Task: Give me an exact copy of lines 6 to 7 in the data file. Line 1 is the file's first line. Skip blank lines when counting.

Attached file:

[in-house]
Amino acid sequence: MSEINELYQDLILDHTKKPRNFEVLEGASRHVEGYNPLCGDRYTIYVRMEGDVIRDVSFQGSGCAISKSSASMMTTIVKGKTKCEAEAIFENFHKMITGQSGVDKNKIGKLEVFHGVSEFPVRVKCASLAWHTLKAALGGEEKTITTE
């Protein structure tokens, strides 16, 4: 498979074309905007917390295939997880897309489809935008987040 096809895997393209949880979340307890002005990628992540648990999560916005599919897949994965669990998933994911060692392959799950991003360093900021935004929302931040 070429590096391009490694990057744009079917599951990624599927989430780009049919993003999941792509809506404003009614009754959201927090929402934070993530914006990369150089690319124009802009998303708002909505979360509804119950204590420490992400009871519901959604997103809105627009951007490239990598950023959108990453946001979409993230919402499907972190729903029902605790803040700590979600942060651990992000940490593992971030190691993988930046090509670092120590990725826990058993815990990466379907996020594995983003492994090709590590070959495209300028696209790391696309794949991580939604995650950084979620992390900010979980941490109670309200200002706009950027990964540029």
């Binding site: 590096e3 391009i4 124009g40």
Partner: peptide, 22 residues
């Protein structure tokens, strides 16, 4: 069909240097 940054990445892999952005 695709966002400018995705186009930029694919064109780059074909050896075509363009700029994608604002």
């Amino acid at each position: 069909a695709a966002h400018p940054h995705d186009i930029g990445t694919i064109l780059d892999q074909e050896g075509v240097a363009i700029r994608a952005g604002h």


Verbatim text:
């Protein structure tokens, strides 16, 4: 069909240097 940054990445892999952005 695709966002400018995705186009930029694919064109780059074909050896075509363009700029994608604002």
């Amino acid at each position: 069909a695709a966002h400018p940054h995705d186009i930029g990445t694919i064109l780059d892999q074909e050896g075509v240097a363009i700029r994608a952005g604002h």